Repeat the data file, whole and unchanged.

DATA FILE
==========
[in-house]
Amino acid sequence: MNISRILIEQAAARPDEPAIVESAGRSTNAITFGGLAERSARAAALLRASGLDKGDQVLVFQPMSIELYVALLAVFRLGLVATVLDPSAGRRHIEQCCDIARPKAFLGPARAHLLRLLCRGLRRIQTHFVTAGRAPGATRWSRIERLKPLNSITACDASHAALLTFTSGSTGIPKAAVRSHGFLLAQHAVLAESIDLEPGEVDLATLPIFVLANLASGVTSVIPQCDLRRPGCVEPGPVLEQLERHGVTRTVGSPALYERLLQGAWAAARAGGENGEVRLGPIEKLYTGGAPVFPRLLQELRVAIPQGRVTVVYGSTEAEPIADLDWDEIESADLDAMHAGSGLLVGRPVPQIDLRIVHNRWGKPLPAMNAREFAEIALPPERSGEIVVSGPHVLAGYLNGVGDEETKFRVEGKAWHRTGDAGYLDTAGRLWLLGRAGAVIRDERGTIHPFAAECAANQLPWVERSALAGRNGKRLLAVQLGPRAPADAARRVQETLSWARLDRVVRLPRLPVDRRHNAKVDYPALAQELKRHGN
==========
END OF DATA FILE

[in-house]
Amino acid sequence: MNISRILIEQAAARPDEPAIVESAGRSTNAITFGGLAERSARAAALLRASGLDKGDQVLVFQPMSIELYVALLAVFRLGLVATVLDPSAGRRHIEQCCDIARPKAFLGPARAHLLRLLCRGLRRIQTHFVTAGRAPGATRWSRIERLKPLNSITACDASHAALLTFTSGSTGIPKAAVRSHGFLLAQHAVLAESIDLEPGEVDLATLPIFVLANLASGVTSVIPQCDLRRPGCVEPGPVLEQLERHGVTRTVGSPALYERLLQGAWAAARAGGENGEVRLGPIEKLYTGGAPVFPRLLQELRVAIPQGRVTVVYGSTEAEPIADLDWDEIESADLDAMHAGSGLLVGRPVPQIDLRIVHNRWGKPLPAMNAREFAEIALPPERSGEIVVSGPHVLAGYLNGVGDEETKFRVEGKAWHRTGDAGYLDTAGRLWLLGRAGAVIRDERGTIHPFAAECAANQLPWVERSALAGRNGKRLLAVQLGPRAPADAARRVQETLSWARLDRVVRLPRLPVDRRHNAKVDYPALAQELKRHGN